Failure Mode

We will sometimes believe that we have failed, and perhaps we have. But that can be okay. Look at Joseph. In the book of Genesis, Joseph was a teenager. Next to the youngest son, he was favored by his father, which led to resentment from his older brothers. Their resentment was not lessened by his attitude: he tattled on them, and he told stories about how he was going to someday be their boss because of the dreams that God had given him.

So, one day, when the opportunity presented itself for the brothers to get rid of him, they took it: they sold him as a slave to some passing traders. The traders took him down to Egypt and sold him to one of the Pharaoh’s officials named Potifer.

He was a slave, but at least it was in a nice place; and he was an indoor slave, rather than working in the fields. So he accepted his lot, did his job, and performed his duties—and managed to do them so well that he was soon promoted to being the head slave, in charge of everything in the household. Still a slave, but he was in the best slot that a slave could get to.

And then Potifer’s wife started attempting to seduce him. When he refused, she accused him of attempted rape, which got him fired from being a slave. One might not think one could be more of a failure than being sold into slavery by your own brothers. Now, he had lost even that “job” and found himself bound and tossed into jail.

So, he accepted his lot and did as he was told, and somehow he managed to gain some responsibility and notoriety in the lockup, to the point that he became the top inmate, a trustee, running everything inside the walls, under the supervision of the warden.

Notice that his life has been a downward spiral: one step forward, two steps back. He’s constantly losing ground. He had been his father’s favorite, supervising his older brothers. Then he became a slave, but he managed to be a supervising slave. Then he got himself arrested, and now he’s a supervising prisoner. Things are definitely not looking up for him.

At the age of thirty, his prospects for upward mobility are gone. He has no career, and no prospects of ever getting one. His future is grim, and, based on his track record, likely to get grimmer. This, despite the fact that it was hard for him to see how things could get much worse. But then, he thought there couldn’t be anything worse than being a slave.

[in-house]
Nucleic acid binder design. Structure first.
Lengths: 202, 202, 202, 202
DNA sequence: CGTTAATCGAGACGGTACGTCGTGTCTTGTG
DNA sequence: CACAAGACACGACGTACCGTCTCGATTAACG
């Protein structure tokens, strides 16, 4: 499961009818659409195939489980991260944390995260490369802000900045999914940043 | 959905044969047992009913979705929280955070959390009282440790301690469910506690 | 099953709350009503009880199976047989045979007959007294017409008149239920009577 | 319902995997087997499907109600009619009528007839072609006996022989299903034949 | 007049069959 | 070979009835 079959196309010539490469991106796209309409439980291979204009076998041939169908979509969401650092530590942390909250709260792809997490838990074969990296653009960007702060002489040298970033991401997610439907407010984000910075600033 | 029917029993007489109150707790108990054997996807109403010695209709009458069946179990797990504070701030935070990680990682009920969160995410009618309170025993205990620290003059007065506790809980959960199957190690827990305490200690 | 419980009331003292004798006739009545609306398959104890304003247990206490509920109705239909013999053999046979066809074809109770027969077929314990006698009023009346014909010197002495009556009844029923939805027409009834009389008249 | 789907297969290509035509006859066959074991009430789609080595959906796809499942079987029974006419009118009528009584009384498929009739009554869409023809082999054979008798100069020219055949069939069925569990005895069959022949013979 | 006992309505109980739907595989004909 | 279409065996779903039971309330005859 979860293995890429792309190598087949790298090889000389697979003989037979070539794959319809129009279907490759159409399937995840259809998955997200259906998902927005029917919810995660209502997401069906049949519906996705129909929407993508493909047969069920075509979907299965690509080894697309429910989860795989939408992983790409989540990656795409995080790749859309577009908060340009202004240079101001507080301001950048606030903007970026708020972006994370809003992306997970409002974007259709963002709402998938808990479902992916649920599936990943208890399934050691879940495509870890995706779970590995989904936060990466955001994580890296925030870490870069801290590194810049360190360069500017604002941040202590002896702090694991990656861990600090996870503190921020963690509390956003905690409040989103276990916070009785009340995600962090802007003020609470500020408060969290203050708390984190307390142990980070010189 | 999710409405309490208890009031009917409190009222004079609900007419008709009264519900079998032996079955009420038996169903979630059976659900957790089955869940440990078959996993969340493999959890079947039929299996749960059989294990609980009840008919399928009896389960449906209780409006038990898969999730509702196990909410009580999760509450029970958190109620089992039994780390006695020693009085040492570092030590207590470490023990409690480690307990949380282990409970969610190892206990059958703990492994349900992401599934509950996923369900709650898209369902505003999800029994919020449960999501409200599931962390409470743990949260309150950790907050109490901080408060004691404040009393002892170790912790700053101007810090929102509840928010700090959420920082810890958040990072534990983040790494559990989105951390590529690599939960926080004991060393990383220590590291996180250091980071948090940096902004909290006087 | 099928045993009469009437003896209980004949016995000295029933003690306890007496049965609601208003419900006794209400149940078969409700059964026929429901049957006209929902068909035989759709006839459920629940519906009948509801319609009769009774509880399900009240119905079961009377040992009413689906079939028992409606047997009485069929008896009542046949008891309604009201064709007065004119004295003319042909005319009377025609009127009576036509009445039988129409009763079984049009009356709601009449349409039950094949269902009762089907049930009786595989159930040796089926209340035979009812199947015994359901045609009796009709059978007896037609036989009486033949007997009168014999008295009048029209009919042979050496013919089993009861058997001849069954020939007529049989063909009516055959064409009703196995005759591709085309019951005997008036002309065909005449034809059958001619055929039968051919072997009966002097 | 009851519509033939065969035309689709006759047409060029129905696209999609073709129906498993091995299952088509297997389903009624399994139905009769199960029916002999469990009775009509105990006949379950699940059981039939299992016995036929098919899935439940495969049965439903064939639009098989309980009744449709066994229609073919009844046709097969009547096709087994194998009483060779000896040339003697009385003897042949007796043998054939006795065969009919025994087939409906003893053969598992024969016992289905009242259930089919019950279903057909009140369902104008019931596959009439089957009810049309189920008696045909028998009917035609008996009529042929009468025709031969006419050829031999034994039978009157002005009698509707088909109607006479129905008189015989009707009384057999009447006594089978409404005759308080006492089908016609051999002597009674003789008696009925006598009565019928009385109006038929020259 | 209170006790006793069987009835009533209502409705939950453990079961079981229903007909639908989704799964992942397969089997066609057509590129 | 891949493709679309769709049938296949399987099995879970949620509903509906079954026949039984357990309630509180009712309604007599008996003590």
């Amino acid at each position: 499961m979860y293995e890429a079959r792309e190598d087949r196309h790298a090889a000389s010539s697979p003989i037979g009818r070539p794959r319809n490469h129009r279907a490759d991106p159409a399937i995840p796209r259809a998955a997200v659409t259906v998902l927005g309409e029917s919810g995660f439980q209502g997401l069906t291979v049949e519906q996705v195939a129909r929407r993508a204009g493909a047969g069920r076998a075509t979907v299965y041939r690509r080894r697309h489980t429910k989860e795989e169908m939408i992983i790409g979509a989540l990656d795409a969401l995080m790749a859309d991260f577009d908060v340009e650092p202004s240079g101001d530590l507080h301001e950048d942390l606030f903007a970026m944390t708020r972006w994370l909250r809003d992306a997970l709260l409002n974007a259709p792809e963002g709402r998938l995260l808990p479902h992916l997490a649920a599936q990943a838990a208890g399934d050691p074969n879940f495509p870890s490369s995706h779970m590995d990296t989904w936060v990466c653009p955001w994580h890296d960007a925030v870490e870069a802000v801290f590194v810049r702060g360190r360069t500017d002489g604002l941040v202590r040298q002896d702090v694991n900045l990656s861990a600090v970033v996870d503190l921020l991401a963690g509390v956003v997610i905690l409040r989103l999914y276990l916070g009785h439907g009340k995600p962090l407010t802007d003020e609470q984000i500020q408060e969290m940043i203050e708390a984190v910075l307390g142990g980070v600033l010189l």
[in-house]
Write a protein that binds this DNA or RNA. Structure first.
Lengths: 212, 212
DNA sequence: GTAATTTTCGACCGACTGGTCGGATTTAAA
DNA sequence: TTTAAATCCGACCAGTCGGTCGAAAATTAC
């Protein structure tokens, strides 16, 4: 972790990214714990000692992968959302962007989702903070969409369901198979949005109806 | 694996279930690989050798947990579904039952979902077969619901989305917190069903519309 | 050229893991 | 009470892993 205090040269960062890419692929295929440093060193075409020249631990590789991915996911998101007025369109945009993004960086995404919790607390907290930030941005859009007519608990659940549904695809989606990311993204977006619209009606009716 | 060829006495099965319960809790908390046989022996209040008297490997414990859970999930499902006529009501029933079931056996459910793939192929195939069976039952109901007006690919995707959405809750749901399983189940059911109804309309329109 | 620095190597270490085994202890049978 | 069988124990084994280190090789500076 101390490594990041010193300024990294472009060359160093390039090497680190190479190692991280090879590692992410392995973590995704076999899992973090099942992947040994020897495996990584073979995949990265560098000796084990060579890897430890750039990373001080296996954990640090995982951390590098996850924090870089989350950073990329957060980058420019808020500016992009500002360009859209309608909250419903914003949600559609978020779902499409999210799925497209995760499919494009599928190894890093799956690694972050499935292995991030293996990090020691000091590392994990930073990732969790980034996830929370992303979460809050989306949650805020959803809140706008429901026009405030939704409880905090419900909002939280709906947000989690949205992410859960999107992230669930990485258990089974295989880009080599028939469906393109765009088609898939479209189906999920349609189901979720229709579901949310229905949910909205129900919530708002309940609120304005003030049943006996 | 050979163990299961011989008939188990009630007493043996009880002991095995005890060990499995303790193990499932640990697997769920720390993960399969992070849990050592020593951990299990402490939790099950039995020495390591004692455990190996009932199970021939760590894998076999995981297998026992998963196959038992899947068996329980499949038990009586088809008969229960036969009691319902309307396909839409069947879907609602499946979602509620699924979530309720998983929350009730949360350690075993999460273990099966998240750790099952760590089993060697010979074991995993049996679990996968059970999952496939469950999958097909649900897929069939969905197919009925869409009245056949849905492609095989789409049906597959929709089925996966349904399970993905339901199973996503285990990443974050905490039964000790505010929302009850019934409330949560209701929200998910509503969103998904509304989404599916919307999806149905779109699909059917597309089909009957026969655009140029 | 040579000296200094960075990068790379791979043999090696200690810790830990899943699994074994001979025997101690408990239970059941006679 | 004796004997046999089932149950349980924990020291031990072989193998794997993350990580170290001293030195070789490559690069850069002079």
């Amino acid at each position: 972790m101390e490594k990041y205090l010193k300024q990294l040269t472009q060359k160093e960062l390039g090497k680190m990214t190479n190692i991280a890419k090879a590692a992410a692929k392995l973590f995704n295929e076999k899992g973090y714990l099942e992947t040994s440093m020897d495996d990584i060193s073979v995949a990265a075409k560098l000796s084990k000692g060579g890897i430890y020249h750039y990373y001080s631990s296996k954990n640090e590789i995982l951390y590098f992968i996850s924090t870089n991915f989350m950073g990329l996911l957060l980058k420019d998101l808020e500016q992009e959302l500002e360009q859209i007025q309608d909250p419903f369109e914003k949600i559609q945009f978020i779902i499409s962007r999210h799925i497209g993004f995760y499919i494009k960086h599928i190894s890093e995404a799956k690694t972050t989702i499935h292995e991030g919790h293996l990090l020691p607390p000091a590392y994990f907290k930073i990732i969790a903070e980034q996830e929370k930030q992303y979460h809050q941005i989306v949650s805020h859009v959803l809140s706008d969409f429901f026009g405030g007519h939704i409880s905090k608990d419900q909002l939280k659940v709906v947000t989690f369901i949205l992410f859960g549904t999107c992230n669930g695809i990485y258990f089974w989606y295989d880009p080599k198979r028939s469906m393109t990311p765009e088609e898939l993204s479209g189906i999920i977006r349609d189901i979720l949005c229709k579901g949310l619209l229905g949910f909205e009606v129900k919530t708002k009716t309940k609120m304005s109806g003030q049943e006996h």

Boy, had he been wrong about that.

One day, a couple of men—a butler and a baker—who had, till then, served in the Pharoah’s palace got dumped in the prison. They suffered bad dreams—not surprising given the turns for the worse that their lives had taken—and they told Joseph their dreams.

Joseph interpreted them. The butler would be restored to his position. The baker, sadly, would be hanged. Joseph asked the butler to put in a good word for him with the Pharaoh, since Joseph was in prison unjustly.

And things happened just as Joseph predicted.

But the Butler just forgot all about Joseph. For three years.

Then, one day, Pharoah had a dream. When no one was successful at interpreting it, the Butler told him that he knew a man who would be able to help. The Butler recognized this as an opportunity to ingratiate himself with the Pharaoh (“see, I was the one who solved your problem!”) So, Pharaoh called Joseph from prison.

After Joseph got cleaned up and dressed up, he was presented before Pharaoh. He interpreted the dream, warning of a coming famine and suggesting a course of action to help the nation survive it. The Pharoah was impressed and put Joseph in charge of overseeing things, making Joseph second in command in the nation, second only to Pharaoh himself.

Later, when his starving brothers showed up, he tormented them a bit, before revealing himself and offering them a place to live in Egypt with him in prosperity. Though they were fearful that Joseph would seek vengeance, he explained that while what they had done, they had done to hurt him, and that indeed, he had suffered a lot over the years—he recognized that God had been at work through the whole thing: not only had he personally risen to a place of power and comfort, more importantly, he was able to save not just his family from starvation, but an entire nation. His decade or more of suffering had led to the salvation of millions. His seeming failure had, in fact, been a rousing success story: riches to rags and back again.

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About R.P. Nettelhorst

I'm married with three daughters. I live in southern California and I'm a deacon at Quartz Hill Community Church. I spent a couple of summers while I was in college working on a kibbutz in Israel. In 2004, I was a volunteer with the Ansari X-Prize at the winning launches of SpaceShipOne. Member of Society of Biblical Literature, American Academy of Religion, and The Authors Guild
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